Hotspots Near You

136. Garden Canyon, Fort Huachuca, Arizona

You can find sought-after species such as Elegant Trogon, Spotted Owl, and Montezuma Quail, and migrating tanagers, warblers, and grosbeaks along this gorge on the Fort Huachuca Army Base.

Located on the outskirts of Sierra Vista, Garden Canyon is a lush hotspot noted for sought-after species such as Elegant Trogon and Spotted Owl. But it’s a great place to find many other birds, too. The grassy fields on the way into the canyon, for example, are where to watch for Cassin’s and Botteri’s Sparrows.

My favorite spot is the upper picnic area, where a small stream draws a variety of birds. At the site a couple of years ago, I watched Sharp-shinned Hawks chase slow-flying Elegant Trogons among the trees. In the spring, the towering deciduous forest in the lower canyon is filled with migrating tanagers, warblers, and grosbeaks.

Not far beyond the picnic area, the pavement stops, and the rocky track becomes slow-going even for high-clearance vehicles. I usually follow the road from the picnic area on foot. I once found a Spotted Owl perched in a sycamore tree just beyond the stream-crossing. The area is my favorite spot to find flycatchers, such as Hammond’s, Sulphur-bellied, and Buff-breasted. Side-trails lead to meadows that are good places to look for Painted Redstart, Mexican Jay, and Montezuma Quail.


136. Garden Canyon, Fort Huachuca, Arizona


Garden Canyon is a five-mile-long gorge on the Fort Huachuca Army Base in southeastern Arizona. From the intersection of Hwy. 90 and Hwy. 92, go west on Fry Blvd. about three miles to the Fort Huachuca main gate. Stop at the visitor center for a pass, then drive two miles on Squire Ave. Turn left onto Garden Canyon Rd.

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At a Glance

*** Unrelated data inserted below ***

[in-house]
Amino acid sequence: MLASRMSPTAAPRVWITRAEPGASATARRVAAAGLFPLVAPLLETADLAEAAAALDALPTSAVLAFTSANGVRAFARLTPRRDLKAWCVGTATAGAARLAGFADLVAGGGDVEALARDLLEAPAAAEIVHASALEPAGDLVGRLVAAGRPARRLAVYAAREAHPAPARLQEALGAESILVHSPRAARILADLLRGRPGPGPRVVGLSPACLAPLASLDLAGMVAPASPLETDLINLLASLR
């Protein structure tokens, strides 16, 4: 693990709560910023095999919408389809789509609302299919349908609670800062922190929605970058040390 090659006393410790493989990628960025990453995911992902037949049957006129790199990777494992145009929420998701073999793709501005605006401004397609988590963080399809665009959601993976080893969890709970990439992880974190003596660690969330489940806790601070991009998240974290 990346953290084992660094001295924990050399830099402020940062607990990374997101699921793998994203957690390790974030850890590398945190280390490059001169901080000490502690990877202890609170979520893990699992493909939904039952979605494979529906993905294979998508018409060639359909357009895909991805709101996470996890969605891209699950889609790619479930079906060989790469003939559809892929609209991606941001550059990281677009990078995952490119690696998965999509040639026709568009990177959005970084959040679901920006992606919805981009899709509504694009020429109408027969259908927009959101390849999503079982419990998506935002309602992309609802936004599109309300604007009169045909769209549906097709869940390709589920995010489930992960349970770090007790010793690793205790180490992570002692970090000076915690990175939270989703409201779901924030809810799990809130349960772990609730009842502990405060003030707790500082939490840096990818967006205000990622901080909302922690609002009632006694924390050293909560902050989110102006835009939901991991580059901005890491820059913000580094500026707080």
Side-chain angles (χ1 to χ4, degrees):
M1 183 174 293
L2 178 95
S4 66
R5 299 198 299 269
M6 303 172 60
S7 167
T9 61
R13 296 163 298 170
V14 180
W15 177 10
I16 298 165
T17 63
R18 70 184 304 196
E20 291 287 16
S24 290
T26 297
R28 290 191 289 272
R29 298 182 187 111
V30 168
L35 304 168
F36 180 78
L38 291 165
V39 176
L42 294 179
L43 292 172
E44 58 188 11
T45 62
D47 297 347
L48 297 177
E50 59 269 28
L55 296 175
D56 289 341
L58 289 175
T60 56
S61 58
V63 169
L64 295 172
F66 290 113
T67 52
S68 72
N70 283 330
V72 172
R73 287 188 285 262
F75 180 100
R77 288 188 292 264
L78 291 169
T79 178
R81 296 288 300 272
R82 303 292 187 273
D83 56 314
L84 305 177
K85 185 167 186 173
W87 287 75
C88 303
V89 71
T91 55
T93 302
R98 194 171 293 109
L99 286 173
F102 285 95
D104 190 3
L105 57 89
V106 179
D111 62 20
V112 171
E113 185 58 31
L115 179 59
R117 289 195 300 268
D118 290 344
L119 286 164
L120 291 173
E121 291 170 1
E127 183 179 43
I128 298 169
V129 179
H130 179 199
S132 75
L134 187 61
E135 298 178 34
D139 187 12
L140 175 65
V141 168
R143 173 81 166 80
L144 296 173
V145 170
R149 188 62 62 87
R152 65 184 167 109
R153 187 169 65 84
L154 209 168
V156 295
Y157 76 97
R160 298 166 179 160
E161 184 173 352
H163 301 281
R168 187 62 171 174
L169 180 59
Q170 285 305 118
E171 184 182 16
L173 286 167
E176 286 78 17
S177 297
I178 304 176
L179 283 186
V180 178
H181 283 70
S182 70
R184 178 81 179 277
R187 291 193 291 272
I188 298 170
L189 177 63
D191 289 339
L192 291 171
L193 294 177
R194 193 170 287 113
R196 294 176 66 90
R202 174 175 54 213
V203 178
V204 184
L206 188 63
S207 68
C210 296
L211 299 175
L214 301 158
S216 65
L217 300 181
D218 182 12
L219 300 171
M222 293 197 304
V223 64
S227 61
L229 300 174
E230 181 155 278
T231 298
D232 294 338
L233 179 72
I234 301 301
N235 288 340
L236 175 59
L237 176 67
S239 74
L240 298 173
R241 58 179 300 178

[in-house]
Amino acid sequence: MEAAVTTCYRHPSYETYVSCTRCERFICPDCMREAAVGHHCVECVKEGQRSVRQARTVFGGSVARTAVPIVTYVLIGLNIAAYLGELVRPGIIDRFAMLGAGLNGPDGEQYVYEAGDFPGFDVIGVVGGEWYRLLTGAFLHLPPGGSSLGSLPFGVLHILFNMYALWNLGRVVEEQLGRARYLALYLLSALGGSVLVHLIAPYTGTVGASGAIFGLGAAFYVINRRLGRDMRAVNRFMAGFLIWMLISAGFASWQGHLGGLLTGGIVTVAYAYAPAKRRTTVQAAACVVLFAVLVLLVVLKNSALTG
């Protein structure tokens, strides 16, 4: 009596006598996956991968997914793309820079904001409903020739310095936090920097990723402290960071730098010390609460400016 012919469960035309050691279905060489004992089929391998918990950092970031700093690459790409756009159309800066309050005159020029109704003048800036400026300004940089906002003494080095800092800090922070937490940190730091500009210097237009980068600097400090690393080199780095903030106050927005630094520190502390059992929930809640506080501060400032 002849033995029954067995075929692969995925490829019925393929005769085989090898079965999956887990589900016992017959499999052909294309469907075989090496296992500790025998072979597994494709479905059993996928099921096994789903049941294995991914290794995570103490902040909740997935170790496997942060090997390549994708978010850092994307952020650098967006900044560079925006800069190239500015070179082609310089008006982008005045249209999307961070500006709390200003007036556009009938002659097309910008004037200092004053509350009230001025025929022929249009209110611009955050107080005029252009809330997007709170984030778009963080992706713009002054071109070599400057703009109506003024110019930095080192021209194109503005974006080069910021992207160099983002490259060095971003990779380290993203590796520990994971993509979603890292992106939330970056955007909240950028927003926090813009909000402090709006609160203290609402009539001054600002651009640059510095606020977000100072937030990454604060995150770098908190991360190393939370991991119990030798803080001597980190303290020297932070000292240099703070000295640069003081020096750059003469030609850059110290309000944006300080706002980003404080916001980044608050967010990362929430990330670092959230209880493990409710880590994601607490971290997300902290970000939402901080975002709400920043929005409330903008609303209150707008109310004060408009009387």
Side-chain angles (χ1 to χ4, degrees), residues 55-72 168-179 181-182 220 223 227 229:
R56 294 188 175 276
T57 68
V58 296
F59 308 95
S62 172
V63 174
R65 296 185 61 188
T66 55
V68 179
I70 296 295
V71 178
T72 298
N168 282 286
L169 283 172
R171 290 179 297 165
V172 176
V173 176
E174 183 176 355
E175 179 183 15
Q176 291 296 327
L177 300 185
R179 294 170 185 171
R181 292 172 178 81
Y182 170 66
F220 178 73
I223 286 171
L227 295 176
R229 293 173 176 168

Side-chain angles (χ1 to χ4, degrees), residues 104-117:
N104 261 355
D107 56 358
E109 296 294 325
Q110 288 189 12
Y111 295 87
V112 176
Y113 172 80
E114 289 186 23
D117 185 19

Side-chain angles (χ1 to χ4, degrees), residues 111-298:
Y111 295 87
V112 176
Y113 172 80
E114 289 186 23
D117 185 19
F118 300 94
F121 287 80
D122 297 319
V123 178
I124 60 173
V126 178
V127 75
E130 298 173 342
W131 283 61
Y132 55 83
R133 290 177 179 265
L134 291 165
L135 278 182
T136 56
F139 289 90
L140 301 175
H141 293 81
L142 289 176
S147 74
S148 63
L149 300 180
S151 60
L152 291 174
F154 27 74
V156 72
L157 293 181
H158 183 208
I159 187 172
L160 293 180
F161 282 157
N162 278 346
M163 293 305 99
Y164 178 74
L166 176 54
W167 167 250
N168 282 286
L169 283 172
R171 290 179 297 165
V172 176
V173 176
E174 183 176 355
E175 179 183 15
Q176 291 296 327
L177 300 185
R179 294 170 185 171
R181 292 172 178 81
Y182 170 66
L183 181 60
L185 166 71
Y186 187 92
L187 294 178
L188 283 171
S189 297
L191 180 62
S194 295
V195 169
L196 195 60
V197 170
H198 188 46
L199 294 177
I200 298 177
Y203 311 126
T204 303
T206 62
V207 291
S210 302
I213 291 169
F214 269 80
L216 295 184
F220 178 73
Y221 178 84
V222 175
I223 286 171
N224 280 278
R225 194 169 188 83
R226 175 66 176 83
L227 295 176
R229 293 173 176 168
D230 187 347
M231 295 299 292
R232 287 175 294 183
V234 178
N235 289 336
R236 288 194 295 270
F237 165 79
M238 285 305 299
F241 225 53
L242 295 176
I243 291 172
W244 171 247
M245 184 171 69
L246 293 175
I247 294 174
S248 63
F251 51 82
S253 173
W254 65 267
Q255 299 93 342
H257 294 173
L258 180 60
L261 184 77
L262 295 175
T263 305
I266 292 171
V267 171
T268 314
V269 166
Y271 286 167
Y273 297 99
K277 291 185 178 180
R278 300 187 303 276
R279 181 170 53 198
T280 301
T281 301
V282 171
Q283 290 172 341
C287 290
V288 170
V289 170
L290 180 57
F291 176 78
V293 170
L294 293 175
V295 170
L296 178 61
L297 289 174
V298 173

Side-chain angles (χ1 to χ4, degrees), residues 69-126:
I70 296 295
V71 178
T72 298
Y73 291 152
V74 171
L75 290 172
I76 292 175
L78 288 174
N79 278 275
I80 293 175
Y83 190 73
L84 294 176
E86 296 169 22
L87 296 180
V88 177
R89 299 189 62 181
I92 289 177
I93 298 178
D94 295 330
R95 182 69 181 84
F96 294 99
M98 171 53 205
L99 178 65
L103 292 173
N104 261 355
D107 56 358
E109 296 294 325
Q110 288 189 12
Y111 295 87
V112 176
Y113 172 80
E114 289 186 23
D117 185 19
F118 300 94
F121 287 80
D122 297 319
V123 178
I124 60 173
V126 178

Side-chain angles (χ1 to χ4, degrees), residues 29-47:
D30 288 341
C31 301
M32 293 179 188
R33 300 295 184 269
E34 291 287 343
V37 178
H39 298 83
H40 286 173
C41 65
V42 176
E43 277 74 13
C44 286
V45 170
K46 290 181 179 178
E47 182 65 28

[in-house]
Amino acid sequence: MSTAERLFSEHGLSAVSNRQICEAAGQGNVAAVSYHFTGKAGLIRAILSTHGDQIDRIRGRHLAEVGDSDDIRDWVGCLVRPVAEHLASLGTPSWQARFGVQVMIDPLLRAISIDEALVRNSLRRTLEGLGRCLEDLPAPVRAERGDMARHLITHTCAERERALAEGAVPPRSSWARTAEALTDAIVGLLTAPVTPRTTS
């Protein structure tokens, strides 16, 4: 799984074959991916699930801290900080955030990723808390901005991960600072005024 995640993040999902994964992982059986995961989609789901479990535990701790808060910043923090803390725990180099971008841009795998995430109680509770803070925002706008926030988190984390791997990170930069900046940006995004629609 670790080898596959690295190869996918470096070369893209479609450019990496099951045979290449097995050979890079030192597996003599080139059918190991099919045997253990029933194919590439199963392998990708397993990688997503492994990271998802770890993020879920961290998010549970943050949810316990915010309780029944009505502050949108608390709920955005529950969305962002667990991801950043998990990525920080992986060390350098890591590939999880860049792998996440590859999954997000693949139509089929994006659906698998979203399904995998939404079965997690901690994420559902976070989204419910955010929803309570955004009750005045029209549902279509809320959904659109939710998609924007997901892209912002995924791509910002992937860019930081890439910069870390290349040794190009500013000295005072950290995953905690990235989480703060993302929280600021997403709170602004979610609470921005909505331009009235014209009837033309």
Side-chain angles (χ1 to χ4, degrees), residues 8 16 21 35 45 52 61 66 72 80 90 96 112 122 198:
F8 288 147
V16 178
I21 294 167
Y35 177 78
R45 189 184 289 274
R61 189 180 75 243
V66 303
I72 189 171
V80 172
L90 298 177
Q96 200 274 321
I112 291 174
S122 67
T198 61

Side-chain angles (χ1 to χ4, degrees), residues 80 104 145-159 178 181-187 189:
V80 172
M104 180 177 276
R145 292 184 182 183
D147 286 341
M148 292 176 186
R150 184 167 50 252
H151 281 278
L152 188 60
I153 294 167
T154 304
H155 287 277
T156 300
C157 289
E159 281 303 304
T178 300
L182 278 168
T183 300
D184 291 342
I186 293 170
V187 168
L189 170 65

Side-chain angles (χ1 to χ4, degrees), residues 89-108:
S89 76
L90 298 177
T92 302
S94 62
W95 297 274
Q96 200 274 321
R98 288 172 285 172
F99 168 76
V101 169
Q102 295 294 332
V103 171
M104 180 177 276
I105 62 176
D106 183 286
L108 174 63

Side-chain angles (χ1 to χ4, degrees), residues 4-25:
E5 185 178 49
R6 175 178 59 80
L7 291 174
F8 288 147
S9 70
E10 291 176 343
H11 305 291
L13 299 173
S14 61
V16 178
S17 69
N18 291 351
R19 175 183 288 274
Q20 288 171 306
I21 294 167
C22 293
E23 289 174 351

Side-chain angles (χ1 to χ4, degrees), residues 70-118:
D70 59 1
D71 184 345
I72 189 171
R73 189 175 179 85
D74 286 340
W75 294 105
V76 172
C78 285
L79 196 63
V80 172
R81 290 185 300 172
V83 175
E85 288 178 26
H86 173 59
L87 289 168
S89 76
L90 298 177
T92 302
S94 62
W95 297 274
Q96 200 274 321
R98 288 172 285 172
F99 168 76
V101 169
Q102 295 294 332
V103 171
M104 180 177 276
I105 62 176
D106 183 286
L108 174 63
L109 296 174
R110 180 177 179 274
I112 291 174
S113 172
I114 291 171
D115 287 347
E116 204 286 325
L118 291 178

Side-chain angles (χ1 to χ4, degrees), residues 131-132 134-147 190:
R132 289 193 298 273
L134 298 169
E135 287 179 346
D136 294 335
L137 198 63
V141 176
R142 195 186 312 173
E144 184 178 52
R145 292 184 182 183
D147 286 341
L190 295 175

Click on the coordinates below to view location:
31°28’21.63″N 110°21’13.41″W


Pine and deciduous trees, streams, mountains.


Narrow, twisting gorge. Paved to upper picnic area, gravel beyond. Gradual climb on foot becomes steeper along rocky roadway.


Mexican Spotted Owl, Elegant Trogon, Montezuma Quail, Mexican and Steller’s Jays, Sulphur-bellied, Dusky-capped, Hammond’s, and Buff-breasted Flycatchers, Painted Redstart, Red-faced and Grace’s Warblers, Hutton’s Vireo, Canyon and Bewick’s Wrens, Acorn and Arizona Woodpeckers, Broad-billed and Black-chinned Hummingbirds, Hepatic and Western Tanagers, Bridled Titmouse, Scott’s and Bullock’s Orioles, Greater Roadrunner, Rufous-crowned Sparrow, Band-tailed Pigeon, Golden Eagle, Chihuahuan and Common Ravens, Black-headed Grosbeak.

When to go

Spring through late June is best, but autumn also is productive during migration.


Map and checklist available at visitor center. Several picnic areas have restrooms and drinking water. Bring your own snacks and water. Field trips offered through Huachuca Audubon Society.


U.S. Army post. Access restricted to U.S. citizens only. Foreign nationals must be accompanied by specially trained military escort. All visitors 13 and over must have photo ID. Bring driver’s license, vehicle registration, and proof of insurance (or auto-rental documents). Military maneuvers may limit access at times; obey all rules. Call main gate for current access info.


Be alert for military traffic on the canyon road. Take a high-clearance vehicle if you expect to drive to the top.

For more info

Fort Huachuca main gate, (520) 533-7373.
Huachuca Audubon Society
Sierra Vista visitor center, (800) 288-3861

Sites nearby

Ramsey Canyon Preserve
Less than 10 miles south of Sierra Vista on Hwy. 92. Up to 14 species of hummingbird buzz nonstop around the visitor center’s feeders.

San Pedro Riparian National Conservation Area
A few miles east of Sierra Vista on Hwy. 90. More than 350 species documented. One of the best places in Arizona to see Gray Hawk and Green Kingfisher.

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Jerry Uhlman

Jerry Uhlman is an inveterate birder and traveler who lives in Richmond, Virginia. His tales of travel to discover and explore birding sites throughout North America have appeared in many newspapers and magazines, including BirdWatching.

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